Following settlement negotiations with the parties concerned the Competition and Markets Authority (CMA) published on 31st May 2019 a non-confidential version of its decision in which it found six office fit-out firms had infringed the Chapter I prohibition of the Competition Act 1998.
The decision disclosed that the parties concerned engaging in cover bidding in response to invitations to tender thereby colluding on the prices they would bid for particular contracts. Over 14 contracts with a variety of customers were affected by their anti-competitive behaviour which took place in the years 2006-2017. Fines were imposed upon five companies ranging between £4.1 million – £7,7 million. One company benefited from immunity from fines under the CMA’s leniency programme. They had been the first company to raise the existence of the anticompetitive arrangement and their participation in it.
The particular significance of this decision is that several company directors of the parties concerned were disqualified as sitting as directors as a result of being involved as directors of the companies guilty of the anti-competitive conduct under Company Director Disqualification Orders (“CDO”)and Company Director Disqualification Undertakings (“CDU”). These were introduced under the Enterprise Act 2002. CDOs allow the CMA to seek the disqualification of an individual from being a company director for a period of up to 15 years, if that individual was a director of a company which breached either Article 101 or 102 TFEU or Chapters I or II of the Competition Act 1998 and their conduct is closely associated with the breach of competition law such that it made them unfit to be involved in the management of a company.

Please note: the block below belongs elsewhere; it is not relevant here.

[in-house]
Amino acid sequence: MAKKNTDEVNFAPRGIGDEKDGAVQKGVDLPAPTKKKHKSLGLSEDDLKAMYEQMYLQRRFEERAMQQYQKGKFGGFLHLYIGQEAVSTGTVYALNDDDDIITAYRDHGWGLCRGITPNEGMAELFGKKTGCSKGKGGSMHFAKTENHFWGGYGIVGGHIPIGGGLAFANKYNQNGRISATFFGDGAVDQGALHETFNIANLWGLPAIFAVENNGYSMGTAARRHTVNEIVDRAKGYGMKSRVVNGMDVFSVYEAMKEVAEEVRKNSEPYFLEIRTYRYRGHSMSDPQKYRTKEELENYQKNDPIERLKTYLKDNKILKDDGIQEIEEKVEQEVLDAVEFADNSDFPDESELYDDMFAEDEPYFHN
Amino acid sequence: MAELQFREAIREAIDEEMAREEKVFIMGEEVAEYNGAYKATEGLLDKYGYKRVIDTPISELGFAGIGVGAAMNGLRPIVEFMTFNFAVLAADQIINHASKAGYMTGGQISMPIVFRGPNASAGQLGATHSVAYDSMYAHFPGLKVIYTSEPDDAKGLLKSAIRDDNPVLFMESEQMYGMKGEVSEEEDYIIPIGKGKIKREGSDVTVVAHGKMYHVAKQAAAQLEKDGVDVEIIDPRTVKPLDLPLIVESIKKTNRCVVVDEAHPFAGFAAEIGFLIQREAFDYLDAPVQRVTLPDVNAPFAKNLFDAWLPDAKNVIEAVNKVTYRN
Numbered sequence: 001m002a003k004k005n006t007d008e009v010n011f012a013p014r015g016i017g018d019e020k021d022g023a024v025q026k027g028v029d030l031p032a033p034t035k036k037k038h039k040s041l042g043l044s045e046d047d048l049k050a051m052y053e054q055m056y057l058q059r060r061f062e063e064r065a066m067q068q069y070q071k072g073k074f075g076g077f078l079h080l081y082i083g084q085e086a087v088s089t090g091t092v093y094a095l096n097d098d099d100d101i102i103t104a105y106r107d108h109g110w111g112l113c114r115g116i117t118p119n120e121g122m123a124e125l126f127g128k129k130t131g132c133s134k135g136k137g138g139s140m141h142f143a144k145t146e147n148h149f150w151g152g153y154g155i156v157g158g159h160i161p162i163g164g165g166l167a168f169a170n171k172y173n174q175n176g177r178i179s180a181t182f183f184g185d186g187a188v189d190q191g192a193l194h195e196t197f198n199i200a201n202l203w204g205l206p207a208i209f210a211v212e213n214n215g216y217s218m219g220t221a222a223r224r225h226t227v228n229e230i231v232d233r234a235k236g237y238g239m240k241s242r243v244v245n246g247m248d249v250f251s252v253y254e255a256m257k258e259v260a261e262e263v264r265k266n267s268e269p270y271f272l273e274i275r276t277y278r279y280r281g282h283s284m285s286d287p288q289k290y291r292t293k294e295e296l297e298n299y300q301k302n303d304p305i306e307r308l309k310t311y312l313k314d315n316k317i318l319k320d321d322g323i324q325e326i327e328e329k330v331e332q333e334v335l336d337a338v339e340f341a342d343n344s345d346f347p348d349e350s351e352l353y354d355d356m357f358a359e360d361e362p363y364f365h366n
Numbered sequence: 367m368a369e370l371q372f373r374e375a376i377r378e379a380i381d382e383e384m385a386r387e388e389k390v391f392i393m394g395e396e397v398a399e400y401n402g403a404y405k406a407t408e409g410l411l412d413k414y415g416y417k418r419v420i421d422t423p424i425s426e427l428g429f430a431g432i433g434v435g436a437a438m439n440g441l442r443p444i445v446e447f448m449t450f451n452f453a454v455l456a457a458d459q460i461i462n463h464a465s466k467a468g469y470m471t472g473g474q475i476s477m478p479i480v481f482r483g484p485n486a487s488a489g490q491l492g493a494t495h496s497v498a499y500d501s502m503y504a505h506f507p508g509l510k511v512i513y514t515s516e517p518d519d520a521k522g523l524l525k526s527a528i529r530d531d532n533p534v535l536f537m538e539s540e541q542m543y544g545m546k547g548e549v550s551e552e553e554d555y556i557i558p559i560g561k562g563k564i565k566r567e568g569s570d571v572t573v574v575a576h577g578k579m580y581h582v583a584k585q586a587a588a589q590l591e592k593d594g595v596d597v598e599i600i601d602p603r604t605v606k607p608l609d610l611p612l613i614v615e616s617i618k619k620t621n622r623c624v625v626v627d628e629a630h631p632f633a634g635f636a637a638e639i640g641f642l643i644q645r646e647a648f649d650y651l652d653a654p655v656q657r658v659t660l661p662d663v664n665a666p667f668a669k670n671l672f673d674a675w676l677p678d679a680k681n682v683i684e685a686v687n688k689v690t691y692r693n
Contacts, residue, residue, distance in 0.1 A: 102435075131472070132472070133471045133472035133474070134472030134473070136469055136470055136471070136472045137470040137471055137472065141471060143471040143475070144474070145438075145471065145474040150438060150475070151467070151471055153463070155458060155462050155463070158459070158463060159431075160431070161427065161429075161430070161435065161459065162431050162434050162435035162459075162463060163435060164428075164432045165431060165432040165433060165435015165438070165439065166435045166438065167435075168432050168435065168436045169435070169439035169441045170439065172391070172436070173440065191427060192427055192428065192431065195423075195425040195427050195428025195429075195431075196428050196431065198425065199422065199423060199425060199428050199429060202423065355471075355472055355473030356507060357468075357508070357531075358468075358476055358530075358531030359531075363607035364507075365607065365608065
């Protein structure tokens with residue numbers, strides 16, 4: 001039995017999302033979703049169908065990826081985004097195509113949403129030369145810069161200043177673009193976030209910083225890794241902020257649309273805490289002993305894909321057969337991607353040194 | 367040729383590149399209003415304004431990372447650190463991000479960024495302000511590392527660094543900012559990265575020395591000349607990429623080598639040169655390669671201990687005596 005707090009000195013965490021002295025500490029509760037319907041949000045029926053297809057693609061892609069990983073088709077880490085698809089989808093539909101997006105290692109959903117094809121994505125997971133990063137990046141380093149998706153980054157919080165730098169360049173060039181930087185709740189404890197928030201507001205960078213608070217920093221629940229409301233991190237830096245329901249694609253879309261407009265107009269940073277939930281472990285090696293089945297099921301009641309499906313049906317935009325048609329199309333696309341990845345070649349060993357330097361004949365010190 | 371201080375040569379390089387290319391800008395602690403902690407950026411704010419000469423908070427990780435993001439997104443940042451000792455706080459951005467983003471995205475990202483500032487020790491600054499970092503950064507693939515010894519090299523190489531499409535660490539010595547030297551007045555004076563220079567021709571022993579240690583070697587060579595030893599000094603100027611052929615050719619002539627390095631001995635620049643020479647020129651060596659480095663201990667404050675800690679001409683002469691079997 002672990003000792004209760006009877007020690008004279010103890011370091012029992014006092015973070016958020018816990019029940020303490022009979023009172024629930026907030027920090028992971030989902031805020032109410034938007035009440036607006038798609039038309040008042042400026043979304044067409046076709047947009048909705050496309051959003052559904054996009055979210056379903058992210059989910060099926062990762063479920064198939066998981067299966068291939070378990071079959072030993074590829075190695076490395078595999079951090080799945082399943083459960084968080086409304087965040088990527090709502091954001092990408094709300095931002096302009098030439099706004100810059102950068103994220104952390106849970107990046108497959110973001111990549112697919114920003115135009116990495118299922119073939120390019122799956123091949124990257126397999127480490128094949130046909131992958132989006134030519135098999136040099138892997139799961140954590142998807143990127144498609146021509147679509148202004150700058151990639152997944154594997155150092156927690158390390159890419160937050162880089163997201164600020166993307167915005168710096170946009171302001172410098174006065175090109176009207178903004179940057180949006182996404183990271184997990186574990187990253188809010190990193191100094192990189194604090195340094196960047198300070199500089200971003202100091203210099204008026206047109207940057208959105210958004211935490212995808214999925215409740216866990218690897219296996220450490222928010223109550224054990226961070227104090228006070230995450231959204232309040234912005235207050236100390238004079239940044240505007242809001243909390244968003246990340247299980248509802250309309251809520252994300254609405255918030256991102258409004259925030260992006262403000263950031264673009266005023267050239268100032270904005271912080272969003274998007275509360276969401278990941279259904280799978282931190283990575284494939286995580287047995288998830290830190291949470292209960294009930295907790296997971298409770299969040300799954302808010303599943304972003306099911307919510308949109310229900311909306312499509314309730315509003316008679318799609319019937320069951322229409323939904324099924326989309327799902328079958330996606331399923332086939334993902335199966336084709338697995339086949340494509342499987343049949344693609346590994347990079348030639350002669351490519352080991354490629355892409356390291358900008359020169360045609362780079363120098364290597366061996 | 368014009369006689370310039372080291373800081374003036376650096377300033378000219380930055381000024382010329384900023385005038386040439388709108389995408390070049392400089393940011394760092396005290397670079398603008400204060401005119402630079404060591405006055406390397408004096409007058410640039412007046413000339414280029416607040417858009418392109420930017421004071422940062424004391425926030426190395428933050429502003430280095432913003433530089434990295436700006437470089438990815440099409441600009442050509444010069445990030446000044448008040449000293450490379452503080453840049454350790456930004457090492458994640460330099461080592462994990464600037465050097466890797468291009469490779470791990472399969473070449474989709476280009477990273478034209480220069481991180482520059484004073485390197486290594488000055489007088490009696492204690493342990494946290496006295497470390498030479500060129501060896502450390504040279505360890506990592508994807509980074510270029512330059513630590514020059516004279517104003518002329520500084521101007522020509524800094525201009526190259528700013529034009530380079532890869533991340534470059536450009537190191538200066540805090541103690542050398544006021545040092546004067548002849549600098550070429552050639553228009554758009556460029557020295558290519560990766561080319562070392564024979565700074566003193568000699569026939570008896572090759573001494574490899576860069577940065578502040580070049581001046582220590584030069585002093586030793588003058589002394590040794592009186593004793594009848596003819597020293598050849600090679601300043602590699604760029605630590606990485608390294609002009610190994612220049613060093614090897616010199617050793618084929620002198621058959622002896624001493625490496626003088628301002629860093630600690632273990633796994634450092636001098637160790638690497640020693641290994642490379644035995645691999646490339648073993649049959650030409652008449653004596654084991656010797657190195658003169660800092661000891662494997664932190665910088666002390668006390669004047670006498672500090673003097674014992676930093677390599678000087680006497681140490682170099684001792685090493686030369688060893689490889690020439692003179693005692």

More particularly a director will be deemed unfit to be concerned in the management of a company if director concerned:
The CMA can seek a CDO by applying to the Courts. Alternatively it may accept a CDU from a director. This has the same effect as a CDO and can be enforced in the Courts. To date the CMA has now disqualified nine directors in total. These were all accepted by way of CDUs offered by the individuals concerned. This case saw the most recent example of the CMA’s use of CDOs/ CDUs. The CMA began proceedings against three former directors of the companies found guilty of anti-competitive conduct in May 2019. The relevant directors agreed to give CDUs and were banned from acting as directors or being involved in the management of any UK company for periods ranging between two and five years.
With this increased use of CDO/CDUs, the CMA wants to highlight that company directors do have responsibilities to abide by competition law. The CMA argues they need to take responsibility in respect of competition law compliance by their companies. The CMA state that whilst company directors are not expected to be competition experts, they are expected to have a sufficient understanding of what constitutes the most serious types of anti-competitive behaviour which includes bid rigging which was the subject of the present case.
.The CMA also published a case study relating to this decision to emphasise how important it is for companies and their directors to avoid this type of behaviour. Agreeing with a competitor to submit a cover bid is illegal and a company should never agree to submit a cover bid, even if it does not want to win the tender or take on the work or just to keep onside with customers or project managers. This is a form of cartel type activity.The CMA goes on to stress that this type of activity can have serious consequences for the businesses and individuals involved even if it is isolated behaviour and relate to historical activity In this case some of the activity took place as far back as 2006. It also advocates companies putting in place compliance strategies under which directors to lead by example and promote a culture of compliance within their businesses.